I returned from vacation to find a letter on my desk—sent certified mail to me and a number of other thought leaders in medical oncology—from a woman who had a strong family history of breast cancer. She had discovered a lump in her breast and saw her doctors. She had a mammogram and ultrasound which were inconclusive as to whether or not the lump was a cancer. One of her doctors—a breast surgeon by specialty—ordered an MRI of the breast.
The bottom line of her letter—with the supporting documents—was that her insurance company had denied the MRI. The woman thought that was terrible. She wanted the MRI, her doctor had ordered the MRI, and the insurance company had denied the MRI. Her argument was that she should have been allowed to have the MRI, which I believe she eventually did get.
I read the insurance company letter, and guess what: I think they were correct. The mammogram and the ultrasound were inconclusive and cancer could not be ruled out. They very clearly stated that medically she needed to have a biopsy. The MRI wouldn’t help make that decision.
They made the exact correct recommendation. There was nothing about the MRI that should have deterred the physician from proceeding with the biopsy. She needed a biopsy of the mass. That's what the insurance company said. Medically, it was the correct recommendation. From my view, it had nothing to do with cost. It did have to do with "good medicine."
But, you may say, patients aren’t doctors. They want to do what their doctors say they should do. They say, “Dr. Lichtenfeld, you are a trained physician. You have much more knowledge than the average person.” Yes, that’s correct. I do. And so did the doctor who recommended the MRI. I just hope the MRI wasn’t in the doctor’s office, which I have seen advertised by other “breast specialists” or in a hospital that employed the surgeon who made the recommendation.
By the way, I haven’t seen in the correspondence that anyone who saw this lady suggested she have genetic counseling for the BRCA test. Her history certainly suggested that would be appropriate.
In another example, I sat next to a very healthy and admittedly active gentlemen in his mid-30’s on another plane flight. He was a successful consultant and exercised regularly. He appeared very fit. He told me about his back problem, which flared about once a year for a couple of weeks and then resolved.
For the past four years, he would see his primary care physician when the problem recurred. Every time, his primary care doc sent him to a back specialist, who ordered an MRI. Every year the report came back that they cannot identify the cause of his pain. The back specialist recommended an over the counter pain medication and told him to call if it didn’t get better. He always got better.
Having treated a fair number of patients with low back pain just like his, I asked him if anyone—particularly his primary care physician—ever had a conversation with him suggesting that he didn’t need the MRI or have to see the back specialist if his pain hadn’t changed or resulted in certain neurologic changes? Or, that even if they found the cause of the pain (something like a bulging disc) most surgeons wouldn’t operate unless there was severe, unremitting pain or a change in his exam?
The answer was “no,” and the gentleman indicated his frustration that he went through this every year, and all he got was a suggestion to go get and MRI and some NSAIDs. I asked how he felt about the necessity and costs of the MRI—which probably would be billed at a couple of thousand dollars—and he said that didn’t bother him. After all, he said, the specialist said he needed it and who was he to argue with a doctor? As to cost, he only had to pay $100, so why not get it?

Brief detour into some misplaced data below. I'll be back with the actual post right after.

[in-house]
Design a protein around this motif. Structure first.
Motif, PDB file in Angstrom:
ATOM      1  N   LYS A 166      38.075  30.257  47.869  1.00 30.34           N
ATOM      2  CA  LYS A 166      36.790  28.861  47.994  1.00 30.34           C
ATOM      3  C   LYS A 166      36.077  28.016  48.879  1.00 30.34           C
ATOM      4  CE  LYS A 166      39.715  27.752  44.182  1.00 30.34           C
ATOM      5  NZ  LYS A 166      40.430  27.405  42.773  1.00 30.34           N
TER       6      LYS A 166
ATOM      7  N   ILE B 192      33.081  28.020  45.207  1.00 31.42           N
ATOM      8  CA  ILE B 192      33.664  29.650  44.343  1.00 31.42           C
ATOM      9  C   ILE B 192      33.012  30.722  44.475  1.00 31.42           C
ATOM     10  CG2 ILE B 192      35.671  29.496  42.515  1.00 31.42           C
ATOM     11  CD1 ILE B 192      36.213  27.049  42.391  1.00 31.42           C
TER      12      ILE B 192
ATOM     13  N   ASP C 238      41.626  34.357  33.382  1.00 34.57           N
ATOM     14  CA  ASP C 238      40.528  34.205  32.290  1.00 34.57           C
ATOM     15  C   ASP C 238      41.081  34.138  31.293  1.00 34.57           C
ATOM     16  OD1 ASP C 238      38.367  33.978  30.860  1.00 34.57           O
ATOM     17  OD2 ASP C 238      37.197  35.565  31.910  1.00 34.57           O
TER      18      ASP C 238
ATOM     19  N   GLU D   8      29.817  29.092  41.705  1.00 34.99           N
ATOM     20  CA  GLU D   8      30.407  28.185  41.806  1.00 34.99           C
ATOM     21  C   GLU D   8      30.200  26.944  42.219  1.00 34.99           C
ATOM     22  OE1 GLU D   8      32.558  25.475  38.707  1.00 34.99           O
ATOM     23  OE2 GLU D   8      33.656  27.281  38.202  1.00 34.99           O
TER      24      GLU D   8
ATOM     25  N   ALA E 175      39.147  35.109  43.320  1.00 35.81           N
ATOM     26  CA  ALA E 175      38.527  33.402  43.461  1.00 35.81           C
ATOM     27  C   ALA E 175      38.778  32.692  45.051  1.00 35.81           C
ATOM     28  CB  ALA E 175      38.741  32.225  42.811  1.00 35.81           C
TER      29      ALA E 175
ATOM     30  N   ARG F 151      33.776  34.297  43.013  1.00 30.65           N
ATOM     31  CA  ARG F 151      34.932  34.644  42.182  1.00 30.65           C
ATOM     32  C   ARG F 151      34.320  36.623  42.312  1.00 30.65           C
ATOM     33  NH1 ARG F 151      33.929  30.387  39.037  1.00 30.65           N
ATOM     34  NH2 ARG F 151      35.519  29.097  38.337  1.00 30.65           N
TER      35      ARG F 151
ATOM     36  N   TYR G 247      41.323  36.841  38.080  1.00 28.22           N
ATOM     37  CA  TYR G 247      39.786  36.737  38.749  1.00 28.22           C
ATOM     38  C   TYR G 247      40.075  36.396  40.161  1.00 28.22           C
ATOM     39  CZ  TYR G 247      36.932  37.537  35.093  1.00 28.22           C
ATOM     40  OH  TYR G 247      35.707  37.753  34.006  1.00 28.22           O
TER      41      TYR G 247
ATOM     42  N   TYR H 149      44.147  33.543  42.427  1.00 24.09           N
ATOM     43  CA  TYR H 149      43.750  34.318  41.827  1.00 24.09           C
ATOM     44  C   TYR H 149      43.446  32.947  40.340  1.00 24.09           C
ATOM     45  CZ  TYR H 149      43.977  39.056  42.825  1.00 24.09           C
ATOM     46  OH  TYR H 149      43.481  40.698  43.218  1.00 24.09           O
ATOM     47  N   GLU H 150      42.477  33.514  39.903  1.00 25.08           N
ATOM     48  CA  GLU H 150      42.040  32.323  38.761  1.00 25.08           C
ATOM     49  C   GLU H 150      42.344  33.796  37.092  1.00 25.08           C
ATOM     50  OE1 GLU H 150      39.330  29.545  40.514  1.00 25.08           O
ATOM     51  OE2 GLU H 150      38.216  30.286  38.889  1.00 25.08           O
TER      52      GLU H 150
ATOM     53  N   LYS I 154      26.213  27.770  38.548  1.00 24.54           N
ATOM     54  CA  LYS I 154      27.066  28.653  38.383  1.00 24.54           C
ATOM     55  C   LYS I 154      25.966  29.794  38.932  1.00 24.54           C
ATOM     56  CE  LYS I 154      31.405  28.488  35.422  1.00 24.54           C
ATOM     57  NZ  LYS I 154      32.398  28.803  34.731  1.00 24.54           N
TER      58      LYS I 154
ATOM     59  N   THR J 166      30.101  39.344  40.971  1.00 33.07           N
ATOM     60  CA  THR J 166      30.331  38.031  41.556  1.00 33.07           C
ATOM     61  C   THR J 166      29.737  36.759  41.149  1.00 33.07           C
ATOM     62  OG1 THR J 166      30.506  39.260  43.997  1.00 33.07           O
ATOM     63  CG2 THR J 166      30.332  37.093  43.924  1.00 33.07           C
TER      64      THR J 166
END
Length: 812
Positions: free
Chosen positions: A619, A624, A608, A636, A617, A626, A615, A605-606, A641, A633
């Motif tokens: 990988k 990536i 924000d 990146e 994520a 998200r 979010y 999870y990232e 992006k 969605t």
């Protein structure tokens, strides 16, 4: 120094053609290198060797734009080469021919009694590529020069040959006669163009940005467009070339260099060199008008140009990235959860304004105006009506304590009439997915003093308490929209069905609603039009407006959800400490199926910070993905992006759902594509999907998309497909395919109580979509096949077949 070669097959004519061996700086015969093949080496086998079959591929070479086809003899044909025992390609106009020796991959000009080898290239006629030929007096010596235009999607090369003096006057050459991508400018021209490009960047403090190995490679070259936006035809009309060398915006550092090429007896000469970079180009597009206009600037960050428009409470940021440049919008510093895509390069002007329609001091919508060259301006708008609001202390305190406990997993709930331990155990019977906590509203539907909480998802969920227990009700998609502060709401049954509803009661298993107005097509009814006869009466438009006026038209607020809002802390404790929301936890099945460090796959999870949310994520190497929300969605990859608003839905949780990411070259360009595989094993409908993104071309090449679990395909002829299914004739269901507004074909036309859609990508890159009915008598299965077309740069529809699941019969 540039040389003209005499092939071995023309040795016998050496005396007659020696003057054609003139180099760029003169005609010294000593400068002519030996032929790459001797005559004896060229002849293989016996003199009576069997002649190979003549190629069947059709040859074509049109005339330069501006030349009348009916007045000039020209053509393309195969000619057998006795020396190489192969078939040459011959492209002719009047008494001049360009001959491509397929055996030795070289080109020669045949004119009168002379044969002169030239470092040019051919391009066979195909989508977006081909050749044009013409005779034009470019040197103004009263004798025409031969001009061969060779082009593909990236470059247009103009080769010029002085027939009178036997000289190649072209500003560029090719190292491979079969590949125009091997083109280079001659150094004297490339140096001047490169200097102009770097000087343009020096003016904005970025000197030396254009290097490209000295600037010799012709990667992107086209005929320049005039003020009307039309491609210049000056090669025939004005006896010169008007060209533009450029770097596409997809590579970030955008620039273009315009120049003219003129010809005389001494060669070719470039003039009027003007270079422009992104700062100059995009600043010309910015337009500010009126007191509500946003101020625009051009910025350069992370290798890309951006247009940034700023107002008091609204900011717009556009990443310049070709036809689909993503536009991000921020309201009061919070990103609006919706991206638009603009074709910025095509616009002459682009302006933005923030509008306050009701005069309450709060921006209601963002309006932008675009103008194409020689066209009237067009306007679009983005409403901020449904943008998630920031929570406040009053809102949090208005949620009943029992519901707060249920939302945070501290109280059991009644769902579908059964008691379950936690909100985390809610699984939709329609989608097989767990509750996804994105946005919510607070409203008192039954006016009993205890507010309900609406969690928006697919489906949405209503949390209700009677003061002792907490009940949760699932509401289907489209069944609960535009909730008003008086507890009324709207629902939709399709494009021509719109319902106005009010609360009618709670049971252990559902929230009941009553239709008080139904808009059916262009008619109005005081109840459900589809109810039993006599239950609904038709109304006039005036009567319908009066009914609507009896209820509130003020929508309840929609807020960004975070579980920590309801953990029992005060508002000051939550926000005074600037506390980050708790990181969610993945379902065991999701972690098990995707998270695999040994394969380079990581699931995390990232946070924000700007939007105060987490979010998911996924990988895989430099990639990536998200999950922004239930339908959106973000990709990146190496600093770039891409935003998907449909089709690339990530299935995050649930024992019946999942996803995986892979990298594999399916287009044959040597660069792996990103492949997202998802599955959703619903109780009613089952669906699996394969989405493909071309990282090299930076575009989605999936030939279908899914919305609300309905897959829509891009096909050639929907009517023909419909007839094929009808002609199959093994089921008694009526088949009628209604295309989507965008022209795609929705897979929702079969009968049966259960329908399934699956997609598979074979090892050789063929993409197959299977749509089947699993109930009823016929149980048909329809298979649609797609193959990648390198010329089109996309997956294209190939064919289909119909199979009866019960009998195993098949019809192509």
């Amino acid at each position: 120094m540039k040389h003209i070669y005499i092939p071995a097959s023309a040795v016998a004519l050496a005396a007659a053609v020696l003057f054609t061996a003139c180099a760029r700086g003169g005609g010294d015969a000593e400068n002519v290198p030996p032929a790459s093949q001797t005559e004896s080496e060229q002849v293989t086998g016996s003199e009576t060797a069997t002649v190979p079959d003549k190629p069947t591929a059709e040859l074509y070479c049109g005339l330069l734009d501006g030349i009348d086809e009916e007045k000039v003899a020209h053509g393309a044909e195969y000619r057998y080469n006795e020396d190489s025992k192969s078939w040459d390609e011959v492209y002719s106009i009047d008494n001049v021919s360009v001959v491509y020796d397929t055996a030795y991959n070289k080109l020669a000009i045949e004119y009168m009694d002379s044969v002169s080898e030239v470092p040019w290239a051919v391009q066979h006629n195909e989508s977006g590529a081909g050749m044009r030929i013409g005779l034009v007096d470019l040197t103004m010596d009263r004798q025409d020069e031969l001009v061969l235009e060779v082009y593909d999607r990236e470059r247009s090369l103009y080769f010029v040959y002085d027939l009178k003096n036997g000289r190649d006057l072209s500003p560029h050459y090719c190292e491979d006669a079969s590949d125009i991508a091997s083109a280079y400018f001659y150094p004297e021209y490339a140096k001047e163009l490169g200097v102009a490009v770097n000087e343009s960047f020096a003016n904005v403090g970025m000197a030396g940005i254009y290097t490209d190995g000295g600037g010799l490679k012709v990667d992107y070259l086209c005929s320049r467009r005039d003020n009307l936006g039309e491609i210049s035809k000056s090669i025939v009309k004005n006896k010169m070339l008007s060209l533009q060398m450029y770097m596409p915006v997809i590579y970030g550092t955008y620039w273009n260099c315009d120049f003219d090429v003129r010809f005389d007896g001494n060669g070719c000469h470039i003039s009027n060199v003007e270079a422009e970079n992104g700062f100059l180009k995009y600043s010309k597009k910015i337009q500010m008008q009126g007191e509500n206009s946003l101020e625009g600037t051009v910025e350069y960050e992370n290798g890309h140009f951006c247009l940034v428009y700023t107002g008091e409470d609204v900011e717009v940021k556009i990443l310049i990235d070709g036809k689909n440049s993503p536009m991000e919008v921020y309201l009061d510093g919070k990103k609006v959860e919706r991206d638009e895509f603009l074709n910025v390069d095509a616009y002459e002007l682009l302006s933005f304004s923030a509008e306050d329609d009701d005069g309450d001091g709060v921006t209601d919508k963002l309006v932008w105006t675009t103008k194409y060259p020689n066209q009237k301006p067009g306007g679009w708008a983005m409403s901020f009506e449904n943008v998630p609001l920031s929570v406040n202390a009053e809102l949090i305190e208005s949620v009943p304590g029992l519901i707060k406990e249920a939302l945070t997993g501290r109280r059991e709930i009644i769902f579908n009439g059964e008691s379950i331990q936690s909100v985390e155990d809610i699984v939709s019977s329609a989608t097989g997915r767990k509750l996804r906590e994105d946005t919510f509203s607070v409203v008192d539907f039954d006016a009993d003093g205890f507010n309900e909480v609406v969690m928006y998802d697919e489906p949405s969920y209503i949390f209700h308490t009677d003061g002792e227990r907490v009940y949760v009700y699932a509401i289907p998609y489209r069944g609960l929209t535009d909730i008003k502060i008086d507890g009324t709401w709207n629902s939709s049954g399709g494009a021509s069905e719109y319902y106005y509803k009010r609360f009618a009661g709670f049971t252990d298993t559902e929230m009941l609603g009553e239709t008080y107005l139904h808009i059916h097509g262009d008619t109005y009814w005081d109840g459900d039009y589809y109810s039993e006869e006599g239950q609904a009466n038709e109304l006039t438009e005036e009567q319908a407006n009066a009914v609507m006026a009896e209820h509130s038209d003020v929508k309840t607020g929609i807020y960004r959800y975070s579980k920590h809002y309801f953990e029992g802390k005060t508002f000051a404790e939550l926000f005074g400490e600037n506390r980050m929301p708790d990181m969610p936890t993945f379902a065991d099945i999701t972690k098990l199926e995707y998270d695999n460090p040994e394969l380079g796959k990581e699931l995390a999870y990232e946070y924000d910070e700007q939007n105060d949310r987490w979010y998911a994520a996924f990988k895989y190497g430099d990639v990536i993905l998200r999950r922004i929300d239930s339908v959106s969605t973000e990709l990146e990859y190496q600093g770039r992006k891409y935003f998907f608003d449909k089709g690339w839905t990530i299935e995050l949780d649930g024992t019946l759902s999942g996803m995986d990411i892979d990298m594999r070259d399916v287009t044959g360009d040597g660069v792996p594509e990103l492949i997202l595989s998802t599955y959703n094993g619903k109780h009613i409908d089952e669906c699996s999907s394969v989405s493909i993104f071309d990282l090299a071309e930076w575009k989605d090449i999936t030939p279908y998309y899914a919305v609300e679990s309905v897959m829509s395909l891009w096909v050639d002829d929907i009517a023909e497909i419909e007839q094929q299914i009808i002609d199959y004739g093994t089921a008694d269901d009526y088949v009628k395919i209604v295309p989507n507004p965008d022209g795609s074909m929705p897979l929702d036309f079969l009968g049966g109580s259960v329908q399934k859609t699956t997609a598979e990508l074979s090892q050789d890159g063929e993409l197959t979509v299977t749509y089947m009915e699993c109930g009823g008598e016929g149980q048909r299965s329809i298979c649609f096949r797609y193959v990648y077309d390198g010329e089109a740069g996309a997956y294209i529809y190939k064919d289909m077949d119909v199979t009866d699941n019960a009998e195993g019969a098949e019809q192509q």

I could go on and on—including the $1100 bill someone I know very, very well faces for a recent emergency room visit for a daughter who was injured while volunteering as a waiter at a faith-based camp. The bill was for medical services provided to her when she broke a glass in her hand and had to go to the emergency department for an examination, in an overabundance of caution. In the ED, she was found to have two minor lacerations with no shattered glass in them, and she had some surgical glue applied to each laceration.
- $62 for a vial of generic local anesthetic
- $109 for each of two surgical glue packets
- $339 for a low intensity emergency room doctor bill
- $244 for the use of the emergency department.
What would Medicare have allowed for the $339 doctor visit? The answer: $39.31.
That’s right: they charged the young lady almost 9 times what Medicare would have paid for the service.
I tend to be an optimist. Some people might say I believe in the tooth fairy (maybe it’s a carryover from the days when I played tooth fairy for my children). I have hoped for a long time that one day the folks that are engaged in health care would wake up and develop a sense of rmission and reasonableness when it comes to what they do, how they do it, and what their responsibility is to their patients—both with respect to quality and costs. Take the best practices and spread them around the country so everyone can benefit. Demonstrate that as a profession we take quality seriously as a core part of our work.
Would it be so hard for someone to say that a test or x-ray may be useful, but in fact it is reasonable NOT to do the study? Or to say that we really don’t have the evidence to support the usefulness of a test that a patient may want? Or that we find a way to protect those doctors who make good decisions in line with well thought out recommendations and guidelines, even if the eventual outcome may be that 1 in 10,000 chance of having missed something? Or that we learn—once again—on how to do a history and physical and advise our patients of their options, and engage them in a learning process together so they don’t go off and spend thousands upon thousands of dollars needlessly and with blind faith that the next test is the best test?
Is that asking too much?
I suspect it is, and unfortunately I don’t have an easy answer. There are places in this country that provide high quality, evidence based medical care. It is part of their core mission. The amazing thing is that these places are recognized as providing some of the best care in the country, but they frequently do so at substantially lower cost.
As a country and its citizens, we desperately need to rethink how we do this. I would prefer that we do this rationally and voluntarily, and commit ourselves to partnership, shared understanding of risk, quality care, fiduciary responsibility to each other and accountability for the care we provide and the care we receive.
But I fear—after almost 40 years of hoping to the contrary—that we aren’t going to see that day anytime soon.
I guess I will just have to accept the fact that the tooth fairy is a fiction, after all.